Charlotte Henry and John Martellaro join host Kelly Guimont to discuss malware bought and reused by the NSA, and the future of Mac processors.
Bloomberg’s Mark Gurman and Ian King report:
Apple Inc. hired one of ARM Holdings Inc.’s top chip engineers as the iPhone maker looks to expand its own chip development to more powerful devices, including the Mac, and new categories like a headset.
The company hired Mike Filippo in May for a chip architect position, according to his LinkedIn profile.
For Apple to divest the Mac of Intel CPUs while maintaining X86 compatibility will require some serious engineering skill. This looks like one step in the process.
It’s been presumed that future Macs using A-series CPUs would, via hardware and software magic, maintain Intel X86 compatibility. Maybe not.
Some Mac Pro fan mockups have been circulating, and Bryan Chaffin is joined by John Kheit to discuss their pros and cons. And surprise, John Kheit is full of mostly cons, so they also discuss what they think the Mac Pro needs to be awesome. They also discuss the state of the chip industry, Intel’s 56-core Cascade Lake, and Apple’s ARM ambitions for the Mac. They wrap up the show with a look at John’s obsessive research to find the best USB-C cable.
Host Kelly Guimont chats with Bryan Chaffin and John Martellaro about this round of Project Titan Layoffs, and ARM processors coming to Macs.
Instead of relying on Intel for manufacturing, Apple could better plan out its Mac roadmap for future product development.
Bryan Chaffin and John Martellaro join Jeff Gamet to debate what Apple could do with a Mac mini refresh versus what they’re likely to do, plus Jeff warms up to the idea of an ARM-based Mac.
Recent reports suggest that Apple may be working on a hybrid Mac, one that has a touchscreen and also runs iOS apps. Just how, exactly, would this work?
Dave Hamilton and John Martellaro join Jeff Gamet to explain what’s behind the FBI’s warning to reboot your home network router, plus they share their thoughts on the possibility of a Mac with an ARM processor.
Apple has tasked Pegatron with manufacturing an ARM-based MacBook, or so a report claims. This rumored ARM Mac is code named “Star” and series number N84.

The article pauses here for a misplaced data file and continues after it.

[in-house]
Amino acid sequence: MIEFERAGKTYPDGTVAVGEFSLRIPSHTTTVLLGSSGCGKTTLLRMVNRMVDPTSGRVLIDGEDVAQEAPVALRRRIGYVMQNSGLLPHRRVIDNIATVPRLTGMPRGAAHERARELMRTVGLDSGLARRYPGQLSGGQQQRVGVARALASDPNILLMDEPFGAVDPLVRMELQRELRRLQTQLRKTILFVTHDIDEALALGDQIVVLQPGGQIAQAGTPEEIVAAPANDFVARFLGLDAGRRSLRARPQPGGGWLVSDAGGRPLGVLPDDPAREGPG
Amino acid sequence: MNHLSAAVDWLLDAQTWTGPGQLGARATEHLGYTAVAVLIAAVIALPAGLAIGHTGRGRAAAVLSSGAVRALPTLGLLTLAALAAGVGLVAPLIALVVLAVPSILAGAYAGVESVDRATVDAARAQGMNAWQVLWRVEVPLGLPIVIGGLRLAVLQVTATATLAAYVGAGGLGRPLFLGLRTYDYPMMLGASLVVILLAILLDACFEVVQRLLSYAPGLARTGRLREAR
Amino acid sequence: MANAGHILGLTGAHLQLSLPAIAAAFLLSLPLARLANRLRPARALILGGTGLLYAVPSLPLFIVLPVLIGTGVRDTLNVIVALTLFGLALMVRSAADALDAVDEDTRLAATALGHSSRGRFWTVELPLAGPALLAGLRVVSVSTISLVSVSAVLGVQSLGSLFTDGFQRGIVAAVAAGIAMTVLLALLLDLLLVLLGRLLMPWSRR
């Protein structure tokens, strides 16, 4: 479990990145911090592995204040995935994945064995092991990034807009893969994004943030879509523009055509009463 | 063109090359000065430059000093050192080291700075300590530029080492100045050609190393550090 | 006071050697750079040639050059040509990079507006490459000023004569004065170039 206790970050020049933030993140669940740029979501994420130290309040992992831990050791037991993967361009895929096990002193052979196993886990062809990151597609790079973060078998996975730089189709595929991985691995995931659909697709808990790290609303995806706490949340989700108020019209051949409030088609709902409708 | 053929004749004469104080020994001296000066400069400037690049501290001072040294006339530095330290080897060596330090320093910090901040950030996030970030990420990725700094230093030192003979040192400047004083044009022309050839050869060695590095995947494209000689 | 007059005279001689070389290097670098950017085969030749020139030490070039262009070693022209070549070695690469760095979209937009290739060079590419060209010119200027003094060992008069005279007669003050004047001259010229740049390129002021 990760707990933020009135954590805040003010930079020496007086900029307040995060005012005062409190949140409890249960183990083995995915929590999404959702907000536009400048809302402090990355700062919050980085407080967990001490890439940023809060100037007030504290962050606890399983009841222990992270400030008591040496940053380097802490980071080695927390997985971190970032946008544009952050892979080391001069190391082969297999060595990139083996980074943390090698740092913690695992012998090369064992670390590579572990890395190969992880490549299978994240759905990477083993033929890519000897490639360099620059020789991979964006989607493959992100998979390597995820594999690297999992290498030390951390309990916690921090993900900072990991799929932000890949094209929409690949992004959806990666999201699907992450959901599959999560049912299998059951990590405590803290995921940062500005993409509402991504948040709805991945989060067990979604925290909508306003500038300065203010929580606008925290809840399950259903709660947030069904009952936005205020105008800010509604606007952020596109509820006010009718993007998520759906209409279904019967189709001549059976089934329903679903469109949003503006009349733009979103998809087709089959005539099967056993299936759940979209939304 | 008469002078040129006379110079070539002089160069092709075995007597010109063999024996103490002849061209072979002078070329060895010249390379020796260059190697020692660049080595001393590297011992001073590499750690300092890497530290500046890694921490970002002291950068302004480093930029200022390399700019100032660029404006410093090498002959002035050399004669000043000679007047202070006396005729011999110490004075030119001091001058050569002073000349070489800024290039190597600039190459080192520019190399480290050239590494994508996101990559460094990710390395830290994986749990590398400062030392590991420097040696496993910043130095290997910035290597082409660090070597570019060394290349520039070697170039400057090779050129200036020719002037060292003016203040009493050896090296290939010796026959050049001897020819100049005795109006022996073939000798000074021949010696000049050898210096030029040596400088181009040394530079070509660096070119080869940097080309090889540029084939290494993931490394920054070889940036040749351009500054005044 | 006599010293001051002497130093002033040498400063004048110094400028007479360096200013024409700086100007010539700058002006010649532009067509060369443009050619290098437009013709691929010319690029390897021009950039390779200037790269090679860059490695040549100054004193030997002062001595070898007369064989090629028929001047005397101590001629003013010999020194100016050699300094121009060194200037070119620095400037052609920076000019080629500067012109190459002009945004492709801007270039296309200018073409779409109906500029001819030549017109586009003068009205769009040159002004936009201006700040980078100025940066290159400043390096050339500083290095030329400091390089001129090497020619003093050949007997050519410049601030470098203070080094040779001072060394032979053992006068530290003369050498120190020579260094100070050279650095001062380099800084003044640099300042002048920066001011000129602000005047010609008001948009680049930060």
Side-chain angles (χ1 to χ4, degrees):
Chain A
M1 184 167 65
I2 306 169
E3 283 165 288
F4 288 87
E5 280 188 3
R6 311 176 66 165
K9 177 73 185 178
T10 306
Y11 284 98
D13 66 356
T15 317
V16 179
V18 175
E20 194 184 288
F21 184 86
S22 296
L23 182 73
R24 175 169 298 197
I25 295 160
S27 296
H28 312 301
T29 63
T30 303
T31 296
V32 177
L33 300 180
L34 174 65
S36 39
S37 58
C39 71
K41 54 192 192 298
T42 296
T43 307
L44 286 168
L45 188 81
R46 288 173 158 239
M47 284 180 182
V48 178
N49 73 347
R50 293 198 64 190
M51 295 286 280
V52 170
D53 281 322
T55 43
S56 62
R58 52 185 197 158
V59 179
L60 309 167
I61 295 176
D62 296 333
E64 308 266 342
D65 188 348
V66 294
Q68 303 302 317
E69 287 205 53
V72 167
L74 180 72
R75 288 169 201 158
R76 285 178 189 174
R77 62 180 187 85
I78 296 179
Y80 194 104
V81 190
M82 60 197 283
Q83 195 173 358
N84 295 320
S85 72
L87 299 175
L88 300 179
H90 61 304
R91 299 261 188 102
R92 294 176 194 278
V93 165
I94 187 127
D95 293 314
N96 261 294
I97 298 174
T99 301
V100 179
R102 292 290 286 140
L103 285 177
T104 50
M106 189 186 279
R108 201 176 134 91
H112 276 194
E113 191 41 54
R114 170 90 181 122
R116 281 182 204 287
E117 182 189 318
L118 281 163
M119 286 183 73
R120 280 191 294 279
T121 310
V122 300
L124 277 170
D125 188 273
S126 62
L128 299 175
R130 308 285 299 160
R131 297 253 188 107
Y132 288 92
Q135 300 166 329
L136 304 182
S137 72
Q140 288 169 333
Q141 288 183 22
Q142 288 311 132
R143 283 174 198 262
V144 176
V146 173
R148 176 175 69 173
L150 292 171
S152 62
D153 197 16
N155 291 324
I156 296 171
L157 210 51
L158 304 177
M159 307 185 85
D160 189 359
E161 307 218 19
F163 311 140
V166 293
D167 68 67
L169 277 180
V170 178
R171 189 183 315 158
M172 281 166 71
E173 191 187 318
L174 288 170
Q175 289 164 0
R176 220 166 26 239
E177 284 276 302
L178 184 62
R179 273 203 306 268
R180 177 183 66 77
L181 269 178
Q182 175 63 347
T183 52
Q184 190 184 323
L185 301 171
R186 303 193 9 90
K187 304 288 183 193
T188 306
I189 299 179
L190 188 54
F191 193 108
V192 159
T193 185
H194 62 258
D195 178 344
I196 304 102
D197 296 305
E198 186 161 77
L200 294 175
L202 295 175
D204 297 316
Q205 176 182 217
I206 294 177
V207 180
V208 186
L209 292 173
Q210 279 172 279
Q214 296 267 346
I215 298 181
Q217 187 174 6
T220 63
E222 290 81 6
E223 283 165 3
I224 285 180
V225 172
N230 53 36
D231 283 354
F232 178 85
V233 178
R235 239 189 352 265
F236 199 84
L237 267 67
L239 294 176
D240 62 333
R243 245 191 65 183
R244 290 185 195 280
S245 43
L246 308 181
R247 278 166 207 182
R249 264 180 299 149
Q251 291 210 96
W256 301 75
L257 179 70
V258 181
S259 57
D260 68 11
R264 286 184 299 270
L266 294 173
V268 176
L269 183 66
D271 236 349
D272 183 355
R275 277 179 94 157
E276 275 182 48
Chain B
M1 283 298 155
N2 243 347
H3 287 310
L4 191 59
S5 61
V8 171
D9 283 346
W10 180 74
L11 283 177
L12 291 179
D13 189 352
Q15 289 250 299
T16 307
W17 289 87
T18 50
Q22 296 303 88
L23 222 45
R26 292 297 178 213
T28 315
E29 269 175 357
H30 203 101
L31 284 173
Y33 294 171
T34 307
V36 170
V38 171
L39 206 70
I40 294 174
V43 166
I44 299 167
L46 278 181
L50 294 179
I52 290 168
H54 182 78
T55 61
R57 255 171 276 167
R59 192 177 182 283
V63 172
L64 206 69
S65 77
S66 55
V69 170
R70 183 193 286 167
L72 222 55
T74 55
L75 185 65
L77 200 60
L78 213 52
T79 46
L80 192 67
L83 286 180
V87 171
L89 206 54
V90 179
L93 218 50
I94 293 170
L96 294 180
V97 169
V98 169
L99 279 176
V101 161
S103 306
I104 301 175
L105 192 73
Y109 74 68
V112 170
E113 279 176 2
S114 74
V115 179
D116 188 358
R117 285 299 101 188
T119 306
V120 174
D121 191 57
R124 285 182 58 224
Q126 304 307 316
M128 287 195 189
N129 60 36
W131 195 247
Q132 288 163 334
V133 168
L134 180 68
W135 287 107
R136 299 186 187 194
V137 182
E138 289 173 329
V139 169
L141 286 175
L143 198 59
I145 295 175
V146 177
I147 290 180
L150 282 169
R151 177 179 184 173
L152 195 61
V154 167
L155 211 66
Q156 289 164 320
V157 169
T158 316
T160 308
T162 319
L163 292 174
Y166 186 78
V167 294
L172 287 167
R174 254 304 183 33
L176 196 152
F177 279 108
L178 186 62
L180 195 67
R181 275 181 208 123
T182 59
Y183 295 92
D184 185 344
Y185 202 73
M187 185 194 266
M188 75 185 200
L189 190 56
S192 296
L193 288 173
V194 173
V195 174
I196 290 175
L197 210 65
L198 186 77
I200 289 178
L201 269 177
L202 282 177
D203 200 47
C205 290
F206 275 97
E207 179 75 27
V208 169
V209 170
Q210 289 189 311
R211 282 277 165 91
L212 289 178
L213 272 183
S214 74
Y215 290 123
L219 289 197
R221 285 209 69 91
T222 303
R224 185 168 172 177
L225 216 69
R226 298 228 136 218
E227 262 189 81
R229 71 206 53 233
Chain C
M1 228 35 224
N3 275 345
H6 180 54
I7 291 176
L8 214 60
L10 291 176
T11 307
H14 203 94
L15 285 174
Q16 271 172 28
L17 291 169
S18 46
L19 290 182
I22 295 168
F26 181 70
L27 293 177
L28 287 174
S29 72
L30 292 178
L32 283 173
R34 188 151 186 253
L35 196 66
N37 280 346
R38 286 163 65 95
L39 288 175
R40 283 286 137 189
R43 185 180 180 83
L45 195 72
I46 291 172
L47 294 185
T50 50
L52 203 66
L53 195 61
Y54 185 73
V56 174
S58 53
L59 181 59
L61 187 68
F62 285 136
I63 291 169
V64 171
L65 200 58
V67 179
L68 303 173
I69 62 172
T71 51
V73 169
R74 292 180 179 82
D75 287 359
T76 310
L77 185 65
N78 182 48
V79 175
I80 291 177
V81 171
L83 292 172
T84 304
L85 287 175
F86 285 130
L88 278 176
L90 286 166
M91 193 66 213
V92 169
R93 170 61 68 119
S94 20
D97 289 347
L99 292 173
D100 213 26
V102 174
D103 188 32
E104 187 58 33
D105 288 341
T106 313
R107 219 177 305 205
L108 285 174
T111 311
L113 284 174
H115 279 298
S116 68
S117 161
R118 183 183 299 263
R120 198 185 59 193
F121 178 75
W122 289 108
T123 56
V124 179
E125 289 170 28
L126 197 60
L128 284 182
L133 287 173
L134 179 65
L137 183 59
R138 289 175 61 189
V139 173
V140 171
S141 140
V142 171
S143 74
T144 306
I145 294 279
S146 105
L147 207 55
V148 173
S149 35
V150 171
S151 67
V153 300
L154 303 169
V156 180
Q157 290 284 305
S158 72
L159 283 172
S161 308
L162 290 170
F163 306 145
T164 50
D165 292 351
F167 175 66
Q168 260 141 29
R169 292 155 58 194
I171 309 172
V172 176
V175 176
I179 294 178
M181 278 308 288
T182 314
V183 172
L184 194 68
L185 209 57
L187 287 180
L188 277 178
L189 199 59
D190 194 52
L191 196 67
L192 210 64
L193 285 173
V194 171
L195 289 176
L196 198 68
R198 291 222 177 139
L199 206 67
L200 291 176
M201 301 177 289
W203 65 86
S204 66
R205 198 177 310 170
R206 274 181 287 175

Bryan Chaffin and John Martellaro join Jeff Gamet to share their thoughts on the possibility of Apple designing its own Mac processors, plus Jeff explains how HomeKit failed for him.
The report is attributed to unnamed sources who said the project is codenamed Kalamata, which is both a city in Greece and an olive variant.
The DOJ and the SEC are investigating Apple’s Throttlegate controversy, and Bryan and Jeff think it won’t go well for Apple. They also talk about Facebook, Google, and social media, and recent comments from philanthropist and political activist George Soros predicting their demise. They close the show with the implications of rumors that say Apple has three Macs coming out this year with Apple coprocessors.
Dave Hamilton and Bryan Chaffin join Jeff Gamet to dive into and explain the issues in the Meltdown and Spectre processor security flaws.
A security issue building behind the scenes for weeks has bubbled to the surface, and could lead to performance hits on Macs, Windows PCs, and Linux devices.
Mr. Otellini worked closely with the late Steve Jobs, and even appeared in an Intel Bunny suit during the keynote where Steve Jobs announced that the Mac was moving to Intel.
Jeff Butts and Dave Hamilton join Jeff Gamet to talk about why they don’t think Apple is going to make an ARM processor MacBook, plus they explain the ruling that says the FBI doesn’t have to reveal its San Bernardino iPhone hacking partner.
Whenever Jeff Butts reads a headline of such ill-conceived nonsense, he cringes in fear of an angel losing her wings or a kitten dying.
Apple is reportedly working to scale back its reliance on Intel for MacBook and MacBook Pro chips by designing its own ARM-based processor. The Apple-designed chip will handle low power functions such as Power Nap, and could be a step towards abandoning Intel at some point in the future.
The time since most of the Macs have been updated can now be described as geologic. Is that because Apple doesn’t care about the Macs? Or, more likely, could we be in for another major architectural change? Evidence is mounting that Apple will abandon Intel and take the Mac lineup to ARM. John looks at the evidence and makes the case.